From the first play to the final minute, LeBron James and Kyrie Irving made it clear how the East felt about this All-Star game. “We took this one personal a bit,” Irving said. Irving had 31 points and 14 assists and was voted the MVP, Carmelo Anthony made a record eight 3-pointers and scored 30 points, and the East stopped a three-game losing streak with a 163-155 victory over the West on Sunday night in the highest-scoring All-Star game ever.
Fed up with losing the midseason game and tired of the East being picked on for its mediocrity this season, James had a steal and dunk on the first possession, long before defense usually shows up in the All-Star game.
“We wanted this win,” James said. “They beat us the last three years and they had a lot of bragging rights, so to be able to come through being down 18 was huge.”
Kevin Durant and Blake Griffin each finished with 38 points, four shy of Wilt Chamberlain’s All-Star game record, for the West. But the East scored the final 10 points to pull out a game it trailed by 18.
“They started making shots and we didn’t get stops and we went a little bit cold,” said Griffin, who shot 19 of 23, setting a record for field goals made. Irving scored 15 points in the fourth quarter. James had 22 points, seven rebounds and seven assists. The 318 points broke the record of 303 set in 1987.
Durant finished with 10 rebounds and six assists, but the West was shut out after his 3-pointer gave it a 155-153 lead with 1:59 left. Indiana’s Paul George made three free throws, Anthony nailed his final 3-pointer, and James scored to make it 161-155. George closed it out with two more free throws and finished with 18 points.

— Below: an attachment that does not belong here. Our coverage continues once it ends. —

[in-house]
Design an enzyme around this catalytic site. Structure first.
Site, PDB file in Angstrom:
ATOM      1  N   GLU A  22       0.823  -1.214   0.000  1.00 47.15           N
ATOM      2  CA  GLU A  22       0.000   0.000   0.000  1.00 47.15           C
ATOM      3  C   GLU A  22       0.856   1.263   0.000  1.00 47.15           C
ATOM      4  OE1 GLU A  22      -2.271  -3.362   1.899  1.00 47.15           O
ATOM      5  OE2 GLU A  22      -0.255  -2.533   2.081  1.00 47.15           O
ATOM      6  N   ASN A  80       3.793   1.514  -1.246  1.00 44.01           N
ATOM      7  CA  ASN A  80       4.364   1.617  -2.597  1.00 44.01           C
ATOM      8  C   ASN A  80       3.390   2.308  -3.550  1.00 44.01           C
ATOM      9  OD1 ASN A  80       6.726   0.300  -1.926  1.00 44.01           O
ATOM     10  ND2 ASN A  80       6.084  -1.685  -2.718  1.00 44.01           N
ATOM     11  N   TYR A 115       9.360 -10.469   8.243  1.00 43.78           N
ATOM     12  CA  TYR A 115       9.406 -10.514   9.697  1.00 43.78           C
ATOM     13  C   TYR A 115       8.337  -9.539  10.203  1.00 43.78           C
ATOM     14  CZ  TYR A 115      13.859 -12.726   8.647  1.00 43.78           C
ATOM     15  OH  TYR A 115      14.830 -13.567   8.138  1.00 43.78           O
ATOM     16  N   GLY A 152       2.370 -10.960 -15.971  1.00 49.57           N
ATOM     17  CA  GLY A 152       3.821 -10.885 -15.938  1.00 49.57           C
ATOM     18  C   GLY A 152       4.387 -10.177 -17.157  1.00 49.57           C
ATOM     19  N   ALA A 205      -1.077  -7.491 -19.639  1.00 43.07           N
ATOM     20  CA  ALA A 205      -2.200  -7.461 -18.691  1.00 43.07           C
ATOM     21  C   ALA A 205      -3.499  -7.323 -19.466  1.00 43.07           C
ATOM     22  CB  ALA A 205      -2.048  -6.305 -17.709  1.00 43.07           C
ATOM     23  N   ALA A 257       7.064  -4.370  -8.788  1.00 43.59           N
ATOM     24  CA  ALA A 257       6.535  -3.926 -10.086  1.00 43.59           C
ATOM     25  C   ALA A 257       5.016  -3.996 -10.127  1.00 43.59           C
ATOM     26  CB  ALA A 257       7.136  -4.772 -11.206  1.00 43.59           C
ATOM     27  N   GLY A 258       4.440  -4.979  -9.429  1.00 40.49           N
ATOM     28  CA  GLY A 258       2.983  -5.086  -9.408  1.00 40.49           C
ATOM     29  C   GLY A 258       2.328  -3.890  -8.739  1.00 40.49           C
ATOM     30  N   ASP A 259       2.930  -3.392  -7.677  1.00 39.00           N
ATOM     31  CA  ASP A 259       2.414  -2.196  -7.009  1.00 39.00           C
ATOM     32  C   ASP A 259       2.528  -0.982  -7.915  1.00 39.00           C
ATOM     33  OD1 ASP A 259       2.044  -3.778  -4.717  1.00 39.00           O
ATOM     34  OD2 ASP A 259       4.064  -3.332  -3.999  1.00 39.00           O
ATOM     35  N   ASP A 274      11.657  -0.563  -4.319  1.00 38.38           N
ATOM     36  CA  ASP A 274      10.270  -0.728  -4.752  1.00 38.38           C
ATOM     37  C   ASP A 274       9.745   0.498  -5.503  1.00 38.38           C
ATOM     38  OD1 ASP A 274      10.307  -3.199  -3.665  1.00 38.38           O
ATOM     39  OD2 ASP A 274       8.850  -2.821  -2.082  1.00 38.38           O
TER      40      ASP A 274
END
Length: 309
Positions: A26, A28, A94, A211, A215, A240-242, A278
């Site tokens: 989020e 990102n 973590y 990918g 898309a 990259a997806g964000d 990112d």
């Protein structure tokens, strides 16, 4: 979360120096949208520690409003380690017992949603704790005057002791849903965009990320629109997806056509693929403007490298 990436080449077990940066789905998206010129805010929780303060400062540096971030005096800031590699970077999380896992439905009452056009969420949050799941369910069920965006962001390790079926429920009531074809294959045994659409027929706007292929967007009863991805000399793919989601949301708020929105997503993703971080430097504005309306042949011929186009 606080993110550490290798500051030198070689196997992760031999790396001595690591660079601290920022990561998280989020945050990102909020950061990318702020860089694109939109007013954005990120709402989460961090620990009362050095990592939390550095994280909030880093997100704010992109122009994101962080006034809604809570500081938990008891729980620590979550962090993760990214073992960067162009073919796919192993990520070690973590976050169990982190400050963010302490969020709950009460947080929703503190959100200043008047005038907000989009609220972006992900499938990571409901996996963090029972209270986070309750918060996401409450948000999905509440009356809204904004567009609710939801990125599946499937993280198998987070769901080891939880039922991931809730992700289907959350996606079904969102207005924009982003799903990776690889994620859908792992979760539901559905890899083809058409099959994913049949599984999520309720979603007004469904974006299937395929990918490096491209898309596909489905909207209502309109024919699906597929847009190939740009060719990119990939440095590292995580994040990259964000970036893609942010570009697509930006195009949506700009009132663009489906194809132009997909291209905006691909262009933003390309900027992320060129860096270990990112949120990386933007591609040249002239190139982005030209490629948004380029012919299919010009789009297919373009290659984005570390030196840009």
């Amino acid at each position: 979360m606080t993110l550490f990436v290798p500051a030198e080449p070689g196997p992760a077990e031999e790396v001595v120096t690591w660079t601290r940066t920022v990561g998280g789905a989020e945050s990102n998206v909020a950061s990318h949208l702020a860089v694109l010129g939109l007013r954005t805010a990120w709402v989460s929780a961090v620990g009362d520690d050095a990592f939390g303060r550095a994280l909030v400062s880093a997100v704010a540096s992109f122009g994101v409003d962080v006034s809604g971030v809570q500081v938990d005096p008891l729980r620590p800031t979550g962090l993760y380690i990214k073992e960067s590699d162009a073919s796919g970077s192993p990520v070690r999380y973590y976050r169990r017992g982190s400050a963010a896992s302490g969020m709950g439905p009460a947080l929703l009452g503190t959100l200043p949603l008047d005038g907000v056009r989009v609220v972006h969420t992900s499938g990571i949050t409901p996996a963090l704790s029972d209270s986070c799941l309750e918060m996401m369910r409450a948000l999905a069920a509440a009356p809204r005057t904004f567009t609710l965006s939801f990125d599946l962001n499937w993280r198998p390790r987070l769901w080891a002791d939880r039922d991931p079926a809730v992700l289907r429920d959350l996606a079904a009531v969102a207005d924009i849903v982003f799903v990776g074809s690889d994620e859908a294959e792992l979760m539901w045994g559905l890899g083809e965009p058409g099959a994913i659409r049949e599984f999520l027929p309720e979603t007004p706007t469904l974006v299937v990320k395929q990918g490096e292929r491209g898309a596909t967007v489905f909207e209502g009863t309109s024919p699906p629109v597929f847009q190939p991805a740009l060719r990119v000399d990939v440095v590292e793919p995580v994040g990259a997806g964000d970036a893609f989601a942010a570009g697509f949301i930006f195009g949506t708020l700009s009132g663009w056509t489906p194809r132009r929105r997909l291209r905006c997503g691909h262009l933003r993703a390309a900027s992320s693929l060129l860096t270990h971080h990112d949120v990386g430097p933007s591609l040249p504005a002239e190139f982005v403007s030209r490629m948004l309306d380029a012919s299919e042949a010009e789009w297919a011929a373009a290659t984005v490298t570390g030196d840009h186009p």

“Both teams played extremely well, we just lost,” Durant said.
The game that usually doesn’t get tight until the final minutes was close throughout the fourth quarter, neither team leading by more than four until the final minute.
Chris Paul had 11 points and 13 assists, and first-time All-Star Stephen Curry had 12 points and 11 assists for the West. But the best point guard on the floor was Irving, who shot 14 of 17 and helped the East ring up 87 points in the second half after it surrendered a record 89 in the first.
In a colorful tribute to New Orleans, players wore sneakers and socks that ranged from green and blue to orange and purple, making the game look like a Mardi Gras parade.
The parade was one of layups and dunks for the West, which scored 44 points in the first quarter and 45 in the second. Griffin had 18 points in the first quarter and Durant had 22 at halftime, both two shy of records set by Glen Rice in 1997.
Magic Johnson led the crowd encouraging the All-Stars to join him in singing “Happy Birthday” after the first quarter to Hall of Famer Bill Russell, the NBA’s greatest champion who was celebrating his 80th.
The All-Stars played better than they sang.
The East finished with 61 percent shooting, needing all sorts of offense after it simply couldn’t defend Durant and Griffin.
Durant made six 3-pointers and raised his career scoring average in the All-Star games to a record 30.6 points.
Outside of the ugly sleeved jerseys, it was a good look for the NBA’s midseason showcase, bouncing back strongly from an uneven All-Star Saturday night.
The new format of the slam dunk contest Saturday wasn’t a hit, but every night is a dunk contest when Griffin is involved.
The guy who once jumped over a car to win a slam dunk contest had eight slams in the first 11 minutes, the backboard often barely done shaking from the last one when he threw down the next.
Durant made a 3-pointer with 26 seconds left to make it 89-76 at the break, one point better than he and the West had two years ago in Orlando. He and Griffin each had 30 points by the end of the third quarter, but the East trimmed what was a West 18-point lead to 126-123 after three.
James Harden started for the West in place of Kobe Bryant, who was elected by the fans but was knocked out by a broken left knee. Bryant said before the game his recovery is “coming slowly” but hopes to be back in another All-Star game.
With Bryant sitting out and longtime regulars Tim Duncan and Kevin Garnett not selected, it was a chance for the younger guys to make their mark. The rosters were loaded with players 25 and younger, including first-time starters George, Irving, Stephen Curry and Kevin Love.